Nav Nav - 1 year ago 54
MySQL Question

Upserting to MySQL, but with multiple columns and unique index as duplicate check?

I saw a lot of people have asked about upserting (this, this, this, this, this, this, and more and even the official doc).

However, something that is not explained well enough for newbies to understand is how to create the duplicate key using primary key or unique indexes.

What I need:

If a

's unique combination of 3 columns (
attributeId, entityId, carId
) has a duplicate in
, then update the
column. Else take
's row and insert it into

attributeId, entityId, carId
combination will be unique for every row.

ie: If a row has columns as
, then no other row will have
. But another row might have

The dilemma here is about creating the unique index. Is it sufficient to just do it like this:

CREATE INDEX PIndex ON table1 (attributeId, entityId, carId);

or is it necessary to delete all other indexes and then create this index and then run a query like this? (pseudocode below):

INSERT INTO table1 (attributeId, entityId, carId, value, name)
VALUES (table2.attributeId,table2.entityId,table2.carId,table2.value,

The basic logic being:

If for a row in
, there is a corresponding row in
with exactly the same values for attributeId, entityId and carId, then update the
column in
with the value of the
column in
. If there is no corresponding row, then take the row of
and append it to

Answer Source

Seems like the specification is for two different operations: 1) an UPDATE of existing rows in table1, and 2) an INSERT of new rows into table2.

The specification says "update the value column"... we take that to mean update the value column in the row of table1.

The specification also says "insert ... into table2.

Confusingly, the specification also shows an example pseudo-code INSERT INTO table1.

To perform an UPDATE of table1 based on values in table2, assuming we are going to ignore rows that have a NULL value in any of the three columns...

 UPDATE table1 t
   JOIN table2 s
     ON t.attributeid = s.attributeid
    AND t.entityid    = s.entityid
    AND t.carid       = s.carid
    SET t.value  = s.value 

If there are "duplicates" in table2 (i.e. multiple rows in table2 with the same values of the three columns attributeid, entityid and carid, it is indeterminate which of those rows value will be taken from.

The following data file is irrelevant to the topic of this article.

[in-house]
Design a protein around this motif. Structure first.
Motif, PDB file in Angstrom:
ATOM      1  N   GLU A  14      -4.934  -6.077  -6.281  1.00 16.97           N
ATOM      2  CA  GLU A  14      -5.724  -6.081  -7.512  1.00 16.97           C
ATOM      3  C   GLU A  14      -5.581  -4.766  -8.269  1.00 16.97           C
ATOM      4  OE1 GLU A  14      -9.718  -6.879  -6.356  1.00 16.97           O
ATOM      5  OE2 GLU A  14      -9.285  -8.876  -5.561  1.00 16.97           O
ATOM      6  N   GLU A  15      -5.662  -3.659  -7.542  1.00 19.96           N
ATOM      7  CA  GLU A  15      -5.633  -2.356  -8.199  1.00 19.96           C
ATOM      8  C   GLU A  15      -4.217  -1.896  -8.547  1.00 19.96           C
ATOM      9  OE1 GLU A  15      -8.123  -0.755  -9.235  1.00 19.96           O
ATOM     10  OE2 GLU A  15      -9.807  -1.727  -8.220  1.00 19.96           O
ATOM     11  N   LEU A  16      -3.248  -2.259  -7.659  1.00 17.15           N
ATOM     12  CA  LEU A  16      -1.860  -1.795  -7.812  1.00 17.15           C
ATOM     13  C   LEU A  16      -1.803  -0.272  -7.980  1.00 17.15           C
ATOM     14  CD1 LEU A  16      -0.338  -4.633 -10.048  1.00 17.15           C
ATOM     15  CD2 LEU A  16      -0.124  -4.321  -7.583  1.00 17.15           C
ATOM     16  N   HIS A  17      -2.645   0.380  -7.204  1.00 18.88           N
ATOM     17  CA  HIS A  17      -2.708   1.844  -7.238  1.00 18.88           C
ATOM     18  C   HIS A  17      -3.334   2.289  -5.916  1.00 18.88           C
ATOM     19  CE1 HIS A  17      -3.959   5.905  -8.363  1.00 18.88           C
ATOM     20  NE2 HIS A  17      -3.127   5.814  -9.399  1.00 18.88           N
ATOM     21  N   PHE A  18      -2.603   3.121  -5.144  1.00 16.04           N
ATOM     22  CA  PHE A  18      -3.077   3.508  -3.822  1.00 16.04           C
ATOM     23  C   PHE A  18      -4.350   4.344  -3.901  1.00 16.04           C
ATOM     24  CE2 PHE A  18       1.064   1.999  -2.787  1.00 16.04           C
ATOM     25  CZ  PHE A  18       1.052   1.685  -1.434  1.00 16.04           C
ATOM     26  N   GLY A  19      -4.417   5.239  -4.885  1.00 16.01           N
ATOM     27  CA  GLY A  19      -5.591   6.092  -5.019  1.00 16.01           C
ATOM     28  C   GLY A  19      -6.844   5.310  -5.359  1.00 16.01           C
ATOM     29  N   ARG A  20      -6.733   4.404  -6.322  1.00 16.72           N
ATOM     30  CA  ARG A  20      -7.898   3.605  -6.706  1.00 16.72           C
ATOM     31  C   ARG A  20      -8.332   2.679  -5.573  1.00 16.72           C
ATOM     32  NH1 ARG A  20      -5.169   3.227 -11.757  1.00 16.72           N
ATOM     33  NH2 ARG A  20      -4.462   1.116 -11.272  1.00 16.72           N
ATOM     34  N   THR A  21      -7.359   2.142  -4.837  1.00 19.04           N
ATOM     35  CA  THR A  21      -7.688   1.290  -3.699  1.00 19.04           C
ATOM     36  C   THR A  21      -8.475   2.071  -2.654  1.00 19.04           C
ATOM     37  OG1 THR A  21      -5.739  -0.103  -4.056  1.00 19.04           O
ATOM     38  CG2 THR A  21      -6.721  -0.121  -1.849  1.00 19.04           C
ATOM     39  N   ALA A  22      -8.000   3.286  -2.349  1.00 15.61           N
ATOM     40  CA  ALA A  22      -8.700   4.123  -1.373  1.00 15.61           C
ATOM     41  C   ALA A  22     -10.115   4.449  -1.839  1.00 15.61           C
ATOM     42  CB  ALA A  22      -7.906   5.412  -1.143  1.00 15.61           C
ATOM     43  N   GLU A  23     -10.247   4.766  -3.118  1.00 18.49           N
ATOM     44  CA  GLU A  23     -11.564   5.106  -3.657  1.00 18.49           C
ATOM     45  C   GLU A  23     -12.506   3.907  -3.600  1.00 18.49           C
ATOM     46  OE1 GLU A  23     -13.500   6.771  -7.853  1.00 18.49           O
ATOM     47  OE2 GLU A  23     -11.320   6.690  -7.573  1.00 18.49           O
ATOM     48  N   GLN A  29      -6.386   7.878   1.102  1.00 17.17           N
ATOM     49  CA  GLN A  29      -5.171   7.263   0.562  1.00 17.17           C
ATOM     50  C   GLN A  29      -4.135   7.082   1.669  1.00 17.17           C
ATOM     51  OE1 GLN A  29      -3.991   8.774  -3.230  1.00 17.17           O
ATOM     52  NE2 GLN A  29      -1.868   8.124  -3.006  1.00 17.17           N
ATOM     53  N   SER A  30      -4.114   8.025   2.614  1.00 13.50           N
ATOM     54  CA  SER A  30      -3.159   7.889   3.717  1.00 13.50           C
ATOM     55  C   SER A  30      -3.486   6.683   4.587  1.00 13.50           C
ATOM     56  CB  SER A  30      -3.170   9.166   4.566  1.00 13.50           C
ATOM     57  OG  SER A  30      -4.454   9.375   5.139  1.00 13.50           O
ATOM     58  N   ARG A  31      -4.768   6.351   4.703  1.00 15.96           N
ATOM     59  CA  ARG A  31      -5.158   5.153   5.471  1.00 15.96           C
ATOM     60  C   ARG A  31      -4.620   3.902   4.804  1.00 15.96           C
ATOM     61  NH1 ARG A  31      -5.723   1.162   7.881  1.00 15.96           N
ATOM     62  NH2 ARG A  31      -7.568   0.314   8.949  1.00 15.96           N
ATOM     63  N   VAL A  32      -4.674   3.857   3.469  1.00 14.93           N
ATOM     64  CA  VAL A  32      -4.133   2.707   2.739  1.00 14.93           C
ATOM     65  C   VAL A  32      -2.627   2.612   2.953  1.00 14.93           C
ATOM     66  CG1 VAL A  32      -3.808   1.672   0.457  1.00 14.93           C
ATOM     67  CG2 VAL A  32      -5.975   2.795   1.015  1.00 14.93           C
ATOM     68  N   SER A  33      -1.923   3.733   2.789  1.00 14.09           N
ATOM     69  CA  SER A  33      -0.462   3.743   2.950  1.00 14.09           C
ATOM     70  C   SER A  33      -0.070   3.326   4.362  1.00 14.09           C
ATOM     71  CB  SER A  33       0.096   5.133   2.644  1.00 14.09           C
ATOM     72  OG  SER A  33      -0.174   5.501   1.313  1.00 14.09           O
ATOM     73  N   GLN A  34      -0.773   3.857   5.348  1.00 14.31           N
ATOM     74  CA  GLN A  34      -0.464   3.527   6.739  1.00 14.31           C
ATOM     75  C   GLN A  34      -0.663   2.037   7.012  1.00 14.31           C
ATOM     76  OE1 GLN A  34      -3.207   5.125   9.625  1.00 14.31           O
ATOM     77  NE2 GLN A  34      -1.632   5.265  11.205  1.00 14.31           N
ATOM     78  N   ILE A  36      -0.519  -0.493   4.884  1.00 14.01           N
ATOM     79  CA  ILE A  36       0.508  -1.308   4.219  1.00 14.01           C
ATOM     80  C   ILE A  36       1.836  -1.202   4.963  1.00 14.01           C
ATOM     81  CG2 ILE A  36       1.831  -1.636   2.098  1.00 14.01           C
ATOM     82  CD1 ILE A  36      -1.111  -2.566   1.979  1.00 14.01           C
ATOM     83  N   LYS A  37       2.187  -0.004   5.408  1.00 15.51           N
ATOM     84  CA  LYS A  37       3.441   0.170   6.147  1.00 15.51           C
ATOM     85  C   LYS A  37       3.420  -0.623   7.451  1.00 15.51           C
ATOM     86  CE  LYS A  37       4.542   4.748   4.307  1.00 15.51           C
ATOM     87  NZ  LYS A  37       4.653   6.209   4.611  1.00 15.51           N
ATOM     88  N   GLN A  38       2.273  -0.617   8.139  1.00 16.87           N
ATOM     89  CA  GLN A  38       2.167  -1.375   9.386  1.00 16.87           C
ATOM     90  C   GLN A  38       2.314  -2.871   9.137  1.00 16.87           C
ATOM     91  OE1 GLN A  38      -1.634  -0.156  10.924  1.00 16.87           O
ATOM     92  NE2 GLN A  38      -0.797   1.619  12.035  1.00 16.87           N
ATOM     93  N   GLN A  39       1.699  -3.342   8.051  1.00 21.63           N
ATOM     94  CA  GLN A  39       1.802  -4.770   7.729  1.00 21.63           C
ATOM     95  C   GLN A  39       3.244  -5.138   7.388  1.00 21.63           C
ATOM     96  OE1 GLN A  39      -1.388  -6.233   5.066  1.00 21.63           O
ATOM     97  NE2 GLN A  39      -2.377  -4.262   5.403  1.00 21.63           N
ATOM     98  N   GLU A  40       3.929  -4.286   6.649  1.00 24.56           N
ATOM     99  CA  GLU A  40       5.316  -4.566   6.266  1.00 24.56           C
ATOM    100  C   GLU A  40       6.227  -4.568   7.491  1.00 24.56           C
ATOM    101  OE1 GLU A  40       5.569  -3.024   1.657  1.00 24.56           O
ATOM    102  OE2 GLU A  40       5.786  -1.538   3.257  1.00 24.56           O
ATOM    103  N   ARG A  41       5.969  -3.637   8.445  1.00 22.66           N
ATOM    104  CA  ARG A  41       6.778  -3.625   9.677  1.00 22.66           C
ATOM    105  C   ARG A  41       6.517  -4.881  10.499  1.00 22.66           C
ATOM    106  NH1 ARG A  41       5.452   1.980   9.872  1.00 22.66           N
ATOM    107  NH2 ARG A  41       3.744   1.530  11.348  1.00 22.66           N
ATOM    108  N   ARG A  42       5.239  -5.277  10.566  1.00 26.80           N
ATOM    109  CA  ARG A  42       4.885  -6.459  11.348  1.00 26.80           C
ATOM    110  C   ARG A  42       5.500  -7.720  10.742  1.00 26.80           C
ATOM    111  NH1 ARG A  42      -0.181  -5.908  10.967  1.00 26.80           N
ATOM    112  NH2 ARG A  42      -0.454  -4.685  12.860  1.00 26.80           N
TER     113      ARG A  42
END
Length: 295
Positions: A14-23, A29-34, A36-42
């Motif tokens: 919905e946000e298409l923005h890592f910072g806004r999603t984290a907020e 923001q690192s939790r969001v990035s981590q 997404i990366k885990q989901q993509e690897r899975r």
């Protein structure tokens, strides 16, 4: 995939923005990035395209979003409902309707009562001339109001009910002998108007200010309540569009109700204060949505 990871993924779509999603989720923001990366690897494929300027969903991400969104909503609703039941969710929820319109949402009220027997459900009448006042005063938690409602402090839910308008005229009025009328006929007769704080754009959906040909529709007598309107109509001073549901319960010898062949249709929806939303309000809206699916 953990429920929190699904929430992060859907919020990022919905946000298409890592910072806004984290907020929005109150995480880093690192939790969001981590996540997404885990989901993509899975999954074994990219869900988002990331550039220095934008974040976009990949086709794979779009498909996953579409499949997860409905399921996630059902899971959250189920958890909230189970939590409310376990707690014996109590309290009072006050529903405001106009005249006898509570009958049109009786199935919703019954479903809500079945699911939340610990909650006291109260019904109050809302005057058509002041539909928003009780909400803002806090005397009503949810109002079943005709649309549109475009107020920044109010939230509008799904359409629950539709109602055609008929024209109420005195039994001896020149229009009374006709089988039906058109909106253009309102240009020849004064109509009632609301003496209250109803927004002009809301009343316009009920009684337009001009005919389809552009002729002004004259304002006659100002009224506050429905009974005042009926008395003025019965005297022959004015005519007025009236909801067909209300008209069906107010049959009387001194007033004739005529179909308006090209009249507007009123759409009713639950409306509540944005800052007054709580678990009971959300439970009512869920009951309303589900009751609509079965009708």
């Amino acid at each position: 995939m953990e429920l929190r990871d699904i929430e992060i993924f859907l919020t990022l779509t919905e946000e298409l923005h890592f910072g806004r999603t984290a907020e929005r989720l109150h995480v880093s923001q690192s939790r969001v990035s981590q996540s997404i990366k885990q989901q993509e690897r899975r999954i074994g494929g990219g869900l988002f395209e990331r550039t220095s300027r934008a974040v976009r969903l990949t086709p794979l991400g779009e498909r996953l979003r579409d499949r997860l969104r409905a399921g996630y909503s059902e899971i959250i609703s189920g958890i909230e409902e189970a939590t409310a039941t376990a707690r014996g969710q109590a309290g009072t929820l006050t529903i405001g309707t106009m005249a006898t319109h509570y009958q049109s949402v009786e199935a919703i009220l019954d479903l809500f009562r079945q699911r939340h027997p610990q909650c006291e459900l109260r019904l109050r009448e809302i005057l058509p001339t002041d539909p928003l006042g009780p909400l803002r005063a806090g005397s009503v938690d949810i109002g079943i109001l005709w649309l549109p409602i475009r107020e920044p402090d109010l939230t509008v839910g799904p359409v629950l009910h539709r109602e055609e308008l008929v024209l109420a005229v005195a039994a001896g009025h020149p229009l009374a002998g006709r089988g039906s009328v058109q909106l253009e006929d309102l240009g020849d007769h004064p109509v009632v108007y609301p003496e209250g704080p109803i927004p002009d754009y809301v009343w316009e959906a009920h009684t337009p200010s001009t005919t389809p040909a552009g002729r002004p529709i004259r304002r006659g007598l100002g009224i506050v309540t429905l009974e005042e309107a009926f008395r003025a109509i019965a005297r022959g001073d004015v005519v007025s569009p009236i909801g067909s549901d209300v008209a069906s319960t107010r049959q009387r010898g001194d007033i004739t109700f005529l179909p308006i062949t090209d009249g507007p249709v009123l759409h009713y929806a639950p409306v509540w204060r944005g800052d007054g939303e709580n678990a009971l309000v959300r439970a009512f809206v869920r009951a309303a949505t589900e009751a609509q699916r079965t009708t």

To insert a row that is found in table2 but "missing" from table1 (again assuming those three columns may not be unique in table2), we can use an anti-join pattern to eliminate rows which already have a "match" in table1.

For example:

 INSERT INTO table1 (attributeid, entityid, carid, value)
   FROM ( SELECT s.attribute_id
               , s.entity_id
               , s.carid
               , s.value
            FROM table2 s
            JOIN table1 r
              ON r.attributeid = s.attributeid
             AND r.entityid    = s.entityid
             AND r.carid       = s.carid
           WHERE r.attributeid IS NULL
             AND s.attributeid IS NOT NULL
             AND s.entityid    IS NOT NULL
             AND s.carid       IS NOT NULL
              BY s.attributeid
               , s.entityid
               , s.carid
        ) v

If there are "duplicates" in table2 (i.e. multiple rows in table2 with the same values of the three columns attributeid, entityid and carid, it is indeterminate which row value will be taken from.

If there are other UNIQUE constraints defined on other columns, or combinations of columns, the statement has a potential to throw a "duplicate key" error. (Without knowing the key definitions, we're kinda flying blind.) We could add the IGNORE keyword if we want the statement to succeed, just ignoring rows that fail to insert due to "unique key" violations.)

Again, if there are rows in table2 with the same values in the the three columns (no indication is given that this combination of columns is unique in table2), it's indeterminate which of those rows value will be taken from.

The same operations can be performed in the opposite direction, swapping all occurrences of the table references table1 and table2 in the queries.

It's not necessary to add a UNIQUE KEY to either of the tables to perform these operations. There would (likely) be a performance benefit to having a suitable index defined, with those three columns as the leading (first) columns in the index. (That doesn't necessarily need to be a UNIQUE index for this operation.)

If that combination of columns should be unique, then by all means add a UNIQUE KEY on that combination of columns. But the specified operations can be performed without a UNIQUE KEY defined.

The MySQL INSERT ... ON DUPLICATE KEY syntax does require at least one PRIMARY KEY or UNIQUE KEY to operate. If there are multiple UNIQUE KEY constraints on the target table, and an INSERT would violate two or more of the unique key constraints, I believe it's indeterminate which of those keys will be used in the UPDATE action. Personally, I'd tend to steer clear of using that syntax on a table with more than one UNIQUE KEY defined.

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